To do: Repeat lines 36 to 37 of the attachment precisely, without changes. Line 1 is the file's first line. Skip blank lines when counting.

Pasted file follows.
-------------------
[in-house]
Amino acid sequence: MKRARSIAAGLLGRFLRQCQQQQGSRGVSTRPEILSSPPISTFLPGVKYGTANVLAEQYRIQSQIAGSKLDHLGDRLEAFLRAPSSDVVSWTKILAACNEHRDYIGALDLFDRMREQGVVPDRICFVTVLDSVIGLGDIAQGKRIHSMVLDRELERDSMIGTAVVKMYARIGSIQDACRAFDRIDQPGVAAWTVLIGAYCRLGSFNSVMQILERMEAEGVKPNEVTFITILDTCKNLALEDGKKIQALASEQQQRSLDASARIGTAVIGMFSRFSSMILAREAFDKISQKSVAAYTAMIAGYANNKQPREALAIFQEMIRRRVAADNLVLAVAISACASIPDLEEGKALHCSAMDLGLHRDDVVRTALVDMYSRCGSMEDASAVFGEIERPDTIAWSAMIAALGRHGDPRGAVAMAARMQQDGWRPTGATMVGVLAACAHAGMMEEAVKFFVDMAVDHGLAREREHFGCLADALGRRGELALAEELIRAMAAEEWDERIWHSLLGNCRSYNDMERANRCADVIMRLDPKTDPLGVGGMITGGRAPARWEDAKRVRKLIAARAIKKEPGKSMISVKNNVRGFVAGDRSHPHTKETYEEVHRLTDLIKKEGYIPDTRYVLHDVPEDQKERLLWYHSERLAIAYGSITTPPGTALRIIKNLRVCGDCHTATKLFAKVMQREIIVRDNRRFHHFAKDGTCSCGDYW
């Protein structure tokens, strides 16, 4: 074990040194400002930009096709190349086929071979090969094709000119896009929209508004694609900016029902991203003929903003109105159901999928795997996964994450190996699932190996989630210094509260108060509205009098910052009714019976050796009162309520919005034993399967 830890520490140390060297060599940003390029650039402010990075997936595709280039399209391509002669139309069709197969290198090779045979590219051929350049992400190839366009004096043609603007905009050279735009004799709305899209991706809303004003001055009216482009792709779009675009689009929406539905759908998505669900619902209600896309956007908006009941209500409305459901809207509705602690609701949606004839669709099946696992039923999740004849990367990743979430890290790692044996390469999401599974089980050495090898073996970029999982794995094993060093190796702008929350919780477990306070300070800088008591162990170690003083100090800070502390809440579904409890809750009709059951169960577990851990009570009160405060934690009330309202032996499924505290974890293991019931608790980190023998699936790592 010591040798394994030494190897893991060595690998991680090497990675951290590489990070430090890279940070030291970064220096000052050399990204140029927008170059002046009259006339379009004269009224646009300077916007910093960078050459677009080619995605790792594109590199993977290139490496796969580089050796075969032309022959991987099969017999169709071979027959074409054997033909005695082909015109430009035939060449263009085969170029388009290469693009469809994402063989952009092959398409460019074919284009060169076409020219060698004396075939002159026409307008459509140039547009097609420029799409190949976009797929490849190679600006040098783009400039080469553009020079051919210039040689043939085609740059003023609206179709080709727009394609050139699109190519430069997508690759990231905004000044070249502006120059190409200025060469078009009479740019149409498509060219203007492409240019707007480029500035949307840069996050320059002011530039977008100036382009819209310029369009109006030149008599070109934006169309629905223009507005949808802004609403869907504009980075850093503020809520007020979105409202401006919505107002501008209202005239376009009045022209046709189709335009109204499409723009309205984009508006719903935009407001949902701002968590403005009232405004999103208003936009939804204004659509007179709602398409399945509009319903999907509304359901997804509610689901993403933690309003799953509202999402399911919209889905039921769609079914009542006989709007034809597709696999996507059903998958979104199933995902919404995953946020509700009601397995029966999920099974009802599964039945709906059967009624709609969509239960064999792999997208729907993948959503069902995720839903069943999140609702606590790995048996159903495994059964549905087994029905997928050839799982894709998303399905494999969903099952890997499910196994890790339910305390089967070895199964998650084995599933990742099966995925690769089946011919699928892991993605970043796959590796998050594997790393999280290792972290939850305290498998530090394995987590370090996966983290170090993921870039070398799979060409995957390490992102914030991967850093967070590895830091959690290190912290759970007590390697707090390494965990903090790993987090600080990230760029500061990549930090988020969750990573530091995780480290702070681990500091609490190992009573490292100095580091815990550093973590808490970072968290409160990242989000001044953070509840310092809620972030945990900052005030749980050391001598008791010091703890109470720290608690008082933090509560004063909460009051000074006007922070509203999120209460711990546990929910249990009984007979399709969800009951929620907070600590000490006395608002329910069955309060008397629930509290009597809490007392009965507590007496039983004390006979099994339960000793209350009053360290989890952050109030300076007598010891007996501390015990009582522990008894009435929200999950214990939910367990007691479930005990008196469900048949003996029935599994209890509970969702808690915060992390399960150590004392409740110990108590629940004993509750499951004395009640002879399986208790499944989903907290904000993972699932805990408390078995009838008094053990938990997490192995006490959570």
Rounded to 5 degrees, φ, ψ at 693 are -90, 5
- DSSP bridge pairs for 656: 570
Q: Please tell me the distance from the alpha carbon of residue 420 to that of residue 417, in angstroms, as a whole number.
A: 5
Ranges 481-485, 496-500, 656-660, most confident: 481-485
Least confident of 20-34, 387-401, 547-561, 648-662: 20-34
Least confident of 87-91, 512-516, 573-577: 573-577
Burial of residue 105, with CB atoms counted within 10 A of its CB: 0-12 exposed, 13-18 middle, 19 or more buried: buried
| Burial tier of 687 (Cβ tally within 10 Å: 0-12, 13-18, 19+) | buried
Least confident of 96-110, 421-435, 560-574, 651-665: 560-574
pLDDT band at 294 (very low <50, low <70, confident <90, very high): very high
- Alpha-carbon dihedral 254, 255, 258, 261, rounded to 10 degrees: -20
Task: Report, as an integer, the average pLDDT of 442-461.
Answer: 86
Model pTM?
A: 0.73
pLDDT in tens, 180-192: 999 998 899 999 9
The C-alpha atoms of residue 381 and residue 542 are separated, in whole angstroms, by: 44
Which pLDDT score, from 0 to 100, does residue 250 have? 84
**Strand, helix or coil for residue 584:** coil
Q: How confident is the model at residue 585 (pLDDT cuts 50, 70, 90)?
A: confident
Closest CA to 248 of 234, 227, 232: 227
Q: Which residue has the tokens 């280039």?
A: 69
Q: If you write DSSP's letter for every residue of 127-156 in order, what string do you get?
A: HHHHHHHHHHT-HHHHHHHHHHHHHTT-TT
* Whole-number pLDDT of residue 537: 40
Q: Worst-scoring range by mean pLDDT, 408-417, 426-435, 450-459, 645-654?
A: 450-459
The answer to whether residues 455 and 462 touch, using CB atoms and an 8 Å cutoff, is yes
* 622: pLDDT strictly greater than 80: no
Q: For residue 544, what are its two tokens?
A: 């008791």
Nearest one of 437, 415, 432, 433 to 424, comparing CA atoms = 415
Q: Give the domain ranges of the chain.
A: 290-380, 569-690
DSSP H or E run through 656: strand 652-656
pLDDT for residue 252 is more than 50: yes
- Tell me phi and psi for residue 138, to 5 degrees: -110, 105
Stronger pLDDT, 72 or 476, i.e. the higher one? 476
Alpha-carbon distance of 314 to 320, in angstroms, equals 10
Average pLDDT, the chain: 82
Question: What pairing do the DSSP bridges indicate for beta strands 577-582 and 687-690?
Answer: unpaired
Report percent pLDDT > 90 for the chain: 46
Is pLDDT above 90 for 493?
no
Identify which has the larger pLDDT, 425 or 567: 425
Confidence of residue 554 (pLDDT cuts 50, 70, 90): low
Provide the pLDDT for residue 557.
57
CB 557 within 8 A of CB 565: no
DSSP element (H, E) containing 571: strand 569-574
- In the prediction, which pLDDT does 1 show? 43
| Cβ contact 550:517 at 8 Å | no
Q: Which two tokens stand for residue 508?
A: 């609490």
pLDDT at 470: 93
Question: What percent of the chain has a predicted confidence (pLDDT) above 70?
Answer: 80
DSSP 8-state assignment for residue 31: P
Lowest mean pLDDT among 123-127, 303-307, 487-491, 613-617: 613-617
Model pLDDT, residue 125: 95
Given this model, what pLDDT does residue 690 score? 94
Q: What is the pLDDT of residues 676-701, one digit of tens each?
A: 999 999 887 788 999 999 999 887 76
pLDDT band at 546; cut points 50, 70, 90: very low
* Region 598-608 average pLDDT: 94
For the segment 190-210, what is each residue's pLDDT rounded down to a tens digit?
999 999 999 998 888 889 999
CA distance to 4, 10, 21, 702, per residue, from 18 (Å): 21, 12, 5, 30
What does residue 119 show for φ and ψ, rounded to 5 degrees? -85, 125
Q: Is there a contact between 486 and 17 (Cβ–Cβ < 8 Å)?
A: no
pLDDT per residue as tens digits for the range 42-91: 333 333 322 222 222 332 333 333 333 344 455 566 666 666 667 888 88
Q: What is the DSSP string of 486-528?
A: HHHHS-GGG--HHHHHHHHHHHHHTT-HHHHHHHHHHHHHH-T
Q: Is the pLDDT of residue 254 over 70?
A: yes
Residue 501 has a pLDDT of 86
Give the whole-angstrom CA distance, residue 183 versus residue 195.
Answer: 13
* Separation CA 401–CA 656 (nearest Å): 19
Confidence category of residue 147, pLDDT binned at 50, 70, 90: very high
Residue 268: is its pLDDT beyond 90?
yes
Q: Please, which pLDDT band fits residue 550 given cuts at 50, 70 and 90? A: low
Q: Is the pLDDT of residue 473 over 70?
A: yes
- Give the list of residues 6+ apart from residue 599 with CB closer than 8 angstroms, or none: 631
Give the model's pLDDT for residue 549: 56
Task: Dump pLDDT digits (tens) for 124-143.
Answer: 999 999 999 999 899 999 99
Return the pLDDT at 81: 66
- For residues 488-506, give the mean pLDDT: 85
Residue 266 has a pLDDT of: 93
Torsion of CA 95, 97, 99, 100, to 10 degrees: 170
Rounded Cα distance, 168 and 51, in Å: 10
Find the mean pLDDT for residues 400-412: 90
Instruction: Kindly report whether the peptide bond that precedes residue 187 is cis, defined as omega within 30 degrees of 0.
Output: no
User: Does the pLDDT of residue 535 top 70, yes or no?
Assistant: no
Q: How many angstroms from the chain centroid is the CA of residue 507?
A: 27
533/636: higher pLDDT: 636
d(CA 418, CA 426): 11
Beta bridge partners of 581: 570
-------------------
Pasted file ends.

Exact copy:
Q: For residue 544, what are its two tokens?
A: 């008791």